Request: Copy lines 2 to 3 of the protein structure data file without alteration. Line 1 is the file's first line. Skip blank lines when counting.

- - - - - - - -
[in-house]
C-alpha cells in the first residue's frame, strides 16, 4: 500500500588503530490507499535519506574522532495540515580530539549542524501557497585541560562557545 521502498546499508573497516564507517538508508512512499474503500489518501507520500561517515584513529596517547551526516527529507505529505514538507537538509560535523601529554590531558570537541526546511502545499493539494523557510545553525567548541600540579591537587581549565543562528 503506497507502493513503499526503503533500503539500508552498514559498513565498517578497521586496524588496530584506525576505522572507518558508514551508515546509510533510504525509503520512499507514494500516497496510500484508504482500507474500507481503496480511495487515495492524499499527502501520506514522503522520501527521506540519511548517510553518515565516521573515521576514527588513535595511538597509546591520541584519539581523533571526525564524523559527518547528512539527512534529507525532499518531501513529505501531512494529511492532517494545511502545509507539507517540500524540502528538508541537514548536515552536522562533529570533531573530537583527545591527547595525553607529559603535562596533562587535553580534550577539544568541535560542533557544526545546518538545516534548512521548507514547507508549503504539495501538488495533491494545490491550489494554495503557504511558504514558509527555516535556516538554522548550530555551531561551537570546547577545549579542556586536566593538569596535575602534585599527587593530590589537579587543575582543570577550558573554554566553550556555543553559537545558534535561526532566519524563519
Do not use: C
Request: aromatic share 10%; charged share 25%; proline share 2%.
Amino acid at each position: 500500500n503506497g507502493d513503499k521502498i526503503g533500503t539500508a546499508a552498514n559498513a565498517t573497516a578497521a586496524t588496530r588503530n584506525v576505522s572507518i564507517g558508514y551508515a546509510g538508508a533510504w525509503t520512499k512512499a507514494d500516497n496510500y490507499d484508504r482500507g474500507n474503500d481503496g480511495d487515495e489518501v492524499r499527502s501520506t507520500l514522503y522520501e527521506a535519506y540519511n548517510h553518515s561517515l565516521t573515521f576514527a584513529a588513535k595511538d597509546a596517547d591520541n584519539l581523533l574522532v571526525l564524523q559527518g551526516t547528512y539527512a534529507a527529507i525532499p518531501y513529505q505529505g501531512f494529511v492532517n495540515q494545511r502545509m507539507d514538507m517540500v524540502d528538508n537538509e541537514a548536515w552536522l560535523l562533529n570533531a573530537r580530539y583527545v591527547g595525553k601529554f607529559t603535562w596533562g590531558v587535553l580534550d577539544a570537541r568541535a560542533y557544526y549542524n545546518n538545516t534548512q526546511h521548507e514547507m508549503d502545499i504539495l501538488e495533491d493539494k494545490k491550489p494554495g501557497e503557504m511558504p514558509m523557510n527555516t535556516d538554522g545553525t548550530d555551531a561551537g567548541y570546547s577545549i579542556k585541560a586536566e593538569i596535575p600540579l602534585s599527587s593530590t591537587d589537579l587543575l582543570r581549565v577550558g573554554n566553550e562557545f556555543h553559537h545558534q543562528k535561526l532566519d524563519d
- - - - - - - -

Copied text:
C-alpha cells in the first residue's frame, strides 16, 4: 500500500588503530490507499535519506574522532495540515580530539549542524501557497585541560562557545 521502498546499508573497516564507517538508508512512499474503500489518501507520500561517515584513529596517547551526516527529507505529505514538507537538509560535523601529554590531558570537541526546511502545499493539494523557510545553525567548541600540579591537587581549565543562528 503506497507502493513503499526503503533500503539500508552498514559498513565498517578497521586496524588496530584506525576505522572507518558508514551508515546509510533510504525509503520512499507514494500516497496510500484508504482500507474500507481503496480511495487515495492524499499527502501520506514522503522520501527521506540519511548517510553518515565516521573515521576514527588513535595511538597509546591520541584519539581523533571526525564524523559527518547528512539527512534529507525532499518531501513529505501531512494529511492532517494545511502545509507539507517540500524540502528538508541537514548536515552536522562533529570533531573530537583527545591527547595525553607529559603535562596533562587535553580534550577539544568541535560542533557544526545546518538545516534548512521548507514547507508549503504539495501538488495533491494545490491550489494554495503557504511558504514558509527555516535556516538554522548550530555551531561551537570546547577545549579542556586536566593538569596535575602534585599527587593530590589537579587543575582543570577550558573554554566553550556555543553559537545558534535561526532566519524563519
Do not use: C